UGA Extension Office

Our Impact

Making A Difference in Our County

We're working hard for the citizens we serve. Here are some examples of successful projects from the past year:


Dougherty County pecan production is ranked first in the state and has approximately 16,500 acres of pecans with a farm gate value of $42,570,000 for 2015. The UGA Extension Agriculture and Natural Resources program places a great emphasis on making sure that producers in Dougherty County and surrounding areas, including bordering parts of Florida and Alabama, are aware of new chemicals, management practices, research projects, insects and diseases that they may face in the growing season. Specialists from UGA Tifton conduct a pecan production meeting here every March. Urban horticulture is also a focus for the county. With the aid of the Master Gardener Extension Volunteers, homeowners receive technical assistance with composting, flowers, fruit and nut production, insect identification and control, lawn and plant care, pesticide safety, shrubs and trees, soil and water testing, vegetable gardening, water conservation, and weed identification and control.The Fort Valley State University (FVSU) Cooperative Extension program provides farmers with annual and quarterly educational trainings and workshops to improve productivity while protecting the environment. The Extension agent offers advice on pesticides to help farmers and homeowners control and/or manage diseases and weeds, market products made from plants and animals and assist farmers in establishing co-ops. FVSU Extension helps farmers complete Farm Service Agency loan applications and farm plans as well as Natural Resources Conservation Service cost-share program applications.


UGA Extension programs and publications provide chronic disease education, prevention and management programs for Georgians who are at risk for or suffering from diabetes, high blood pressure, obesity, heart disease and cancer. Dougherty County offers a yearly Diabetes Cooking School and Cancer Prevention Cooking School to inform county residents about how good nutrition can prevent these diseases. The Expanded Food and Nutrition Education Program (EFNEP) is a federal program that works with low-income families with small children and includes an eight-week nutrition program. The local office provides publications and assists residents in locating possible programs in adjoining counties. With education, clients are more likely to adopt skills regarding the prevention or management of chronic disease.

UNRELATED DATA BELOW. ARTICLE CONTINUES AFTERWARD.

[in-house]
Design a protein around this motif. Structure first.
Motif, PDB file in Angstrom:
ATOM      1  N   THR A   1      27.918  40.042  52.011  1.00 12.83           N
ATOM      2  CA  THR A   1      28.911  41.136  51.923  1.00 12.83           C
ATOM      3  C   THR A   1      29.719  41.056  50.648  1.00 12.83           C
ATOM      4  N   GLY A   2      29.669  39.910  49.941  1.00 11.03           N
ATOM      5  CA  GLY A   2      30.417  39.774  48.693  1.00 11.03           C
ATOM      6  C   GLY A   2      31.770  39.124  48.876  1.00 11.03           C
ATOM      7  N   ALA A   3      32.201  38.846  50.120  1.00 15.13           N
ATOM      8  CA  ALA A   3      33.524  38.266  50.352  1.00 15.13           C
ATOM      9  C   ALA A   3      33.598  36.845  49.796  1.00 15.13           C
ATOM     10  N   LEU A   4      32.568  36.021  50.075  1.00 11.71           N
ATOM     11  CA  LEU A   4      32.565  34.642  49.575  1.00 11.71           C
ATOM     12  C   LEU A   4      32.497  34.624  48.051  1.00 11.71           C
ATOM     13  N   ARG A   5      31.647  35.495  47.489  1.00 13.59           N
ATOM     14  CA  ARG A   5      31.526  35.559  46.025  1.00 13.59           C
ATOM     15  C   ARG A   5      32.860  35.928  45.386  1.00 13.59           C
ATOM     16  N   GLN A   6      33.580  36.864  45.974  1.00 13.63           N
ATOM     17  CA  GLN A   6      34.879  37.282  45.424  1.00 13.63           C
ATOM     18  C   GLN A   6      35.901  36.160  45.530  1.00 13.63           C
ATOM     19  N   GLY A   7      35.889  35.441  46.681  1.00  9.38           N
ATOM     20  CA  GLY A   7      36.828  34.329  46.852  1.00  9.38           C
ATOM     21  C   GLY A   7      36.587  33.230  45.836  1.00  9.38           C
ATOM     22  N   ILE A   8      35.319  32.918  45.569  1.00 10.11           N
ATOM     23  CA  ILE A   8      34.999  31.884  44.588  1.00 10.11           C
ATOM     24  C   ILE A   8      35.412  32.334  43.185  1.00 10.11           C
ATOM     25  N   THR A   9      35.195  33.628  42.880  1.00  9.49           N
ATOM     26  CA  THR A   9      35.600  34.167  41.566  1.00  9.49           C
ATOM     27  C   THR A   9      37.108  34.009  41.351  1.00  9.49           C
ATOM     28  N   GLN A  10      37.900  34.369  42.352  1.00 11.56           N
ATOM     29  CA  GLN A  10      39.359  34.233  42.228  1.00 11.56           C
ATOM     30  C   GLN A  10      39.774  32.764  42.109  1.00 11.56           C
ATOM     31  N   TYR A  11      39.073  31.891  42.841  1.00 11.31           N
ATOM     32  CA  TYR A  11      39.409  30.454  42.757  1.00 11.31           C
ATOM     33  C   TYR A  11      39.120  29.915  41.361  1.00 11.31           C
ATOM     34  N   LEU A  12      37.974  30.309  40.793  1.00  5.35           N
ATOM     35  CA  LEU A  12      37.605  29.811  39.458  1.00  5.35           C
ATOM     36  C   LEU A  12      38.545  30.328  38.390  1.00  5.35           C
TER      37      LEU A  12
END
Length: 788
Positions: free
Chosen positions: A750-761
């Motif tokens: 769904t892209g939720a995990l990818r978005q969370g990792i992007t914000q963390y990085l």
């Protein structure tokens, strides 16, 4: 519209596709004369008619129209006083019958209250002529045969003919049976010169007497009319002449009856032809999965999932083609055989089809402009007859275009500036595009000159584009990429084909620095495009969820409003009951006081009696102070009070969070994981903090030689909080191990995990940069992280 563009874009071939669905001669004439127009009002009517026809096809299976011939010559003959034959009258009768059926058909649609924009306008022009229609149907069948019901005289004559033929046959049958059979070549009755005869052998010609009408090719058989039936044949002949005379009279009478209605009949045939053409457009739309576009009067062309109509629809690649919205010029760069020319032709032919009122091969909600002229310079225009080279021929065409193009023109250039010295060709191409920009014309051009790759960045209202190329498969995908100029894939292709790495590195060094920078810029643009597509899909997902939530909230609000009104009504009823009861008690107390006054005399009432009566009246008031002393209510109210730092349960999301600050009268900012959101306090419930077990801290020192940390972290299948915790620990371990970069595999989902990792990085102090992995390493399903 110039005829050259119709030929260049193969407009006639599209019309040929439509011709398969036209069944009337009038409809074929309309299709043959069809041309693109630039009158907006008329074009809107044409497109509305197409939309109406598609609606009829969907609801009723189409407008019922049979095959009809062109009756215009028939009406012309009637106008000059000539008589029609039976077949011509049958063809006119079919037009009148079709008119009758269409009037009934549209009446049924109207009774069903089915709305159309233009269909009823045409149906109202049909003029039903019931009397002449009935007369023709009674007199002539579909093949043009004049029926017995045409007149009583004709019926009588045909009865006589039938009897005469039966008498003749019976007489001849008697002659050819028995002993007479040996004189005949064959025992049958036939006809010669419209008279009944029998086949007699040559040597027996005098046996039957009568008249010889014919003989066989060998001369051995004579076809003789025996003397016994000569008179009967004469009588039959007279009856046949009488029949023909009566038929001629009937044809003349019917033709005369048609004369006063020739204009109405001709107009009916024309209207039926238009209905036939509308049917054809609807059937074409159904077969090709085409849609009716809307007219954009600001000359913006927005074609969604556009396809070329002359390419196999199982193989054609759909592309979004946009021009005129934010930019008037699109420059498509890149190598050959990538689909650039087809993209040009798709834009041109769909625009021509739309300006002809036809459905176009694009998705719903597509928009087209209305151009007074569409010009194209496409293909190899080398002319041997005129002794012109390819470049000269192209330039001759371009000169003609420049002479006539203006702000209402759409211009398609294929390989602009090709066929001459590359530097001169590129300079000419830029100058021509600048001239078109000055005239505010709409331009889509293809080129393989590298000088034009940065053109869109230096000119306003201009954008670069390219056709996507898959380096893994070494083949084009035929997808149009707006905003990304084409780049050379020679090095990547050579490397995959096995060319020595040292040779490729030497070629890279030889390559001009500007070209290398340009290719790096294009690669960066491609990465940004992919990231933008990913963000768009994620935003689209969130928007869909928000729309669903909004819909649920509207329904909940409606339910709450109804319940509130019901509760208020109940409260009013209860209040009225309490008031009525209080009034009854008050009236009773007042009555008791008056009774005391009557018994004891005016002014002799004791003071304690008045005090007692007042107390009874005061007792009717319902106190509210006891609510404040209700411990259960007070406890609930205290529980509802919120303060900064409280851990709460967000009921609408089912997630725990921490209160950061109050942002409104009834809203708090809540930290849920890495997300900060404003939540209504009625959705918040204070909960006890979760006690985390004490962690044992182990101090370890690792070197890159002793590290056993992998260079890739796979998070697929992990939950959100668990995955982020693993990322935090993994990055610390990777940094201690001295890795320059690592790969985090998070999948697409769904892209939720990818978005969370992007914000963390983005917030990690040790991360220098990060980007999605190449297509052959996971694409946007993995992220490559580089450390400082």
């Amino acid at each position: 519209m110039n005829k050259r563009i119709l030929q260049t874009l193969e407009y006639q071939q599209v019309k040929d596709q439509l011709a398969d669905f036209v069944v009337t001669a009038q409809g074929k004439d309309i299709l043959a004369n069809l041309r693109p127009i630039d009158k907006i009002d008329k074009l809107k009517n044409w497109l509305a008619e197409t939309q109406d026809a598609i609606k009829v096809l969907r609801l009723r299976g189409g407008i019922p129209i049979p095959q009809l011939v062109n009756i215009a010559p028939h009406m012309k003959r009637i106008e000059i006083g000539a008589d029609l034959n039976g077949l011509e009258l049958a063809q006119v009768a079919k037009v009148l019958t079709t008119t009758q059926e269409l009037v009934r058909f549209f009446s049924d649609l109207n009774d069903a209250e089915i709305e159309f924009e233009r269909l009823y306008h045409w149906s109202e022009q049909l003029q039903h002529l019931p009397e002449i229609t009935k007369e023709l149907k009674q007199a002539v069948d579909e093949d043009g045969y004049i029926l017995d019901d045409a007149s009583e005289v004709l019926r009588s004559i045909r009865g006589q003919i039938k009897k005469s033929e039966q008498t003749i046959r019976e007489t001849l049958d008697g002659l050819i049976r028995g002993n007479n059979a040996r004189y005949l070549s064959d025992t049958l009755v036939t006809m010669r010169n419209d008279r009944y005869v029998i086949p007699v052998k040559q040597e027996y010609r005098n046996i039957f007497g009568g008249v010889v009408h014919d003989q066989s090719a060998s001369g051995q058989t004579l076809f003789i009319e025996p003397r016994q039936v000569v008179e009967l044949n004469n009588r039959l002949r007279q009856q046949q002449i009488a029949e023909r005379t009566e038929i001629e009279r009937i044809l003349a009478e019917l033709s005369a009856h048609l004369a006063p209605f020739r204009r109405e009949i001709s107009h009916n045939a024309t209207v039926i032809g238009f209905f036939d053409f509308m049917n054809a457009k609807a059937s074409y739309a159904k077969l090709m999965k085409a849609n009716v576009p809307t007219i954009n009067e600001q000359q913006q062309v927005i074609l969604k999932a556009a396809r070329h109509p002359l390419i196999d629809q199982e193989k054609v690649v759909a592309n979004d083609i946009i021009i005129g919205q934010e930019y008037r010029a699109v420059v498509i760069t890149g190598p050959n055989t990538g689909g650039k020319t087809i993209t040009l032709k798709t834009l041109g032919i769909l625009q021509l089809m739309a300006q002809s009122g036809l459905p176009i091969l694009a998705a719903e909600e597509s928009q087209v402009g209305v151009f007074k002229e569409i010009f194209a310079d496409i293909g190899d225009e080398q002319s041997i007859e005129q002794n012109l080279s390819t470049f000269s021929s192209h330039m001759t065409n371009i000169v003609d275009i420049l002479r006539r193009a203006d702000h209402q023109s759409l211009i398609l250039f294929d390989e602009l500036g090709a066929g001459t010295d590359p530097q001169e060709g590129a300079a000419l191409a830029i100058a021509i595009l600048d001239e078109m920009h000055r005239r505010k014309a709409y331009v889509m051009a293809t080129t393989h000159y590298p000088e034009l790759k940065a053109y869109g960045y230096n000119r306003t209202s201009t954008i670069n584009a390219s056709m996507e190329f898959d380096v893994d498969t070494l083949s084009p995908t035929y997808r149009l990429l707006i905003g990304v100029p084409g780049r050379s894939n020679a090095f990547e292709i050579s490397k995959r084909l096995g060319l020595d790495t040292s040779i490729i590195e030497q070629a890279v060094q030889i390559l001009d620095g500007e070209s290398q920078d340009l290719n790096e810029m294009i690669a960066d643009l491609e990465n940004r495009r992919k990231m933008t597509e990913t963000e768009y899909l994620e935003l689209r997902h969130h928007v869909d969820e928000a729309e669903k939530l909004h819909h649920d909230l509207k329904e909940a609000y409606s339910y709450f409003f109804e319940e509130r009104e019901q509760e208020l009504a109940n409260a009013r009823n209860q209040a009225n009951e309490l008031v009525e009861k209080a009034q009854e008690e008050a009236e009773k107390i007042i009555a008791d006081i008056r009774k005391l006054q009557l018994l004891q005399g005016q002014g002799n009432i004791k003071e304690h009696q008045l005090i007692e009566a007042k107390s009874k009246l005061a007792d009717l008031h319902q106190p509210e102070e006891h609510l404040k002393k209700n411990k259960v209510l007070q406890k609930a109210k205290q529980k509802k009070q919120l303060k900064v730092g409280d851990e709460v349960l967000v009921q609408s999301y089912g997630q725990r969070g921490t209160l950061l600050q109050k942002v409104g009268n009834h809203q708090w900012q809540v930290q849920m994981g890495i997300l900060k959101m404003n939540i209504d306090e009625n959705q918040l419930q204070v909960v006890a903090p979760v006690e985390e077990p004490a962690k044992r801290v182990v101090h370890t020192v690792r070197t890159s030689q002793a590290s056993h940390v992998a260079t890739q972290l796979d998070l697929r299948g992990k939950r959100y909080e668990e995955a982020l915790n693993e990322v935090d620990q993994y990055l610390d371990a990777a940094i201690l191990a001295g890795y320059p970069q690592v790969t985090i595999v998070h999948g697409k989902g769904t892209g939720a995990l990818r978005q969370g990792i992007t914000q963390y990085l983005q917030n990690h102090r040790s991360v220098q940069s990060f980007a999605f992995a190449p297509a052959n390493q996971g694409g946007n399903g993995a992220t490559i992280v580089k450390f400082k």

Dougherty County 4-H works collaboratively with the school system and the community to make a brighter future for its 4-H members. By offering programs and specialty clubs, such as Horse Club, Cotton Boll and Consumer Judging, Project Achievement, MilkMake and Peanutrition competitions, summer learning workshops, college tours and the recently established Youth Leadership Advisory Team, 4-H’ers learn invaluable life skills. Science, engineering and technology, along with 4-H AgriScience, programs allow youth to receive extended education through experiential activities. Monthly 4-H club meetings are held in 14 elementary schools and five middle schools. High school students and homeschooled students take advantage of our monthly after-school meetings held at the Extension office. Citizenship skills are taught through community service opportunities like volunteering at nursing homes, participating in local food drives and joining efforts like Stash the Trash and Relay for Life.

Download Our Annual Report (pdf)